:: Volume 15, Issue 1 (1-2016) ::
IJFS 2016, 15 Back to browse issues page
Effects of intermittent feeding on compensatory growth, feed intake and body composition in Asian sea bass (Lates calcarifer)
M Azodi , M Nafisi * , V Morshedi , M Modarresi , A Faghih-Ahmadani
, nafisi@pgu.ac.ir
Abstract:   (2477 Views)

This experiment was conducted to investigate the effects of various starvation and refeeding periods on growth, feed utilization and body composition in Asian sea bass (Lates calcarifer) with an average initial weight of 30.26±1.4 g (mean±SE). The fish were exposed to three different regimes: the control group fed twice daily to apparent satiation throughout the experiment (C), the first group starved for 4 days and refed for 16 days, this cycle was repeated two times (T1) and the second group starved for 8 days and refed for 32 days (T2). At the end of experiment, there were not any significant differences in growth and feeding performance among different treatments (p>0.05). Daily feed intake was significantly higher in the deprived fish than in the control fish (p<0.05). There were no differences in moisture, lipid, ash and nitrogen free extract (NFE) content of carcass at the end of different starvation and refeeding periods between the deprived and control fish (p>0.05). Starvation had a significant effect on protein content on one sampling date during the experimental period; protein content in T2 on day 8 was significantly lower compared to the control (p<0.05). Sea bass showed complete compensation indicating a high ability of the deprived fish to grow sufficiently to fully compensate for weight loss during starvation. The results suggested that the feeding schedule involving starvation-refeeding cycles could be a promising feed management option for the culture of this species.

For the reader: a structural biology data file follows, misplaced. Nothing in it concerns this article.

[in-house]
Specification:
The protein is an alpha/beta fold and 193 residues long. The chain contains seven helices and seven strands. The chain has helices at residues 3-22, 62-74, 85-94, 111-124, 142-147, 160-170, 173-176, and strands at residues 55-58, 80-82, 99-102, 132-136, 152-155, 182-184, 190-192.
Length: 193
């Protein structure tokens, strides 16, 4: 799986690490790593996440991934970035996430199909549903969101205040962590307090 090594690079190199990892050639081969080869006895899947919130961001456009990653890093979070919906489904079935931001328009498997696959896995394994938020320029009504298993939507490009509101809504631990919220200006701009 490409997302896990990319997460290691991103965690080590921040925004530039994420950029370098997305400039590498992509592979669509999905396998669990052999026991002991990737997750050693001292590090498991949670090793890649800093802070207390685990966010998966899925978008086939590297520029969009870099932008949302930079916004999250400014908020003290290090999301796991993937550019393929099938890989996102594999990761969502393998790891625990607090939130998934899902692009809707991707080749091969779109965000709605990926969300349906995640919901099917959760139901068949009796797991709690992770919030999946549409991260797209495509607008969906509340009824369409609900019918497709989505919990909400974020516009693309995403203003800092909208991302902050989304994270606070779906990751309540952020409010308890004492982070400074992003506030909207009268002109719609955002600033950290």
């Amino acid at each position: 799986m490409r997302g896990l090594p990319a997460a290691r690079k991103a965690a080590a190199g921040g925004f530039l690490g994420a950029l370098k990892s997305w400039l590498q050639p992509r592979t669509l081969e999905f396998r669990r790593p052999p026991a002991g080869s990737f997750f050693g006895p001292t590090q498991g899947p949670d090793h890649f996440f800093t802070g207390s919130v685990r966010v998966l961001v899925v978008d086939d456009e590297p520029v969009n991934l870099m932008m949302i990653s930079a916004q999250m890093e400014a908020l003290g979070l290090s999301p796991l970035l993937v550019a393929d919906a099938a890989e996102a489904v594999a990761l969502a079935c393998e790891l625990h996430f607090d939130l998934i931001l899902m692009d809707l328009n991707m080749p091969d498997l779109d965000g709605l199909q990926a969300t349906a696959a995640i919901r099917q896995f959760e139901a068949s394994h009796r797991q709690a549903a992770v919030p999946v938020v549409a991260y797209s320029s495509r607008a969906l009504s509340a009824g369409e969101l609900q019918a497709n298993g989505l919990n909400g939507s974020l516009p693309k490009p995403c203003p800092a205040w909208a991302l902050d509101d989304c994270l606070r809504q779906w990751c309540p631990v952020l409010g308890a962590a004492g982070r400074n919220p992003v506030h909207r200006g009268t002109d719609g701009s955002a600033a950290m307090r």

Keywords: Compensatory growth, Feed deprivation, Body composition, Sea bass
Full-Text [PDF 510 kb]   (1552 Downloads)    
Type of Study: Orginal research papers | Subject: aquaculture
Received: 2013/11/23 | Accepted: 2014/12/10 | Published: 2016/01/26


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Volume 15, Issue 1 (1-2016) Back to browse issues page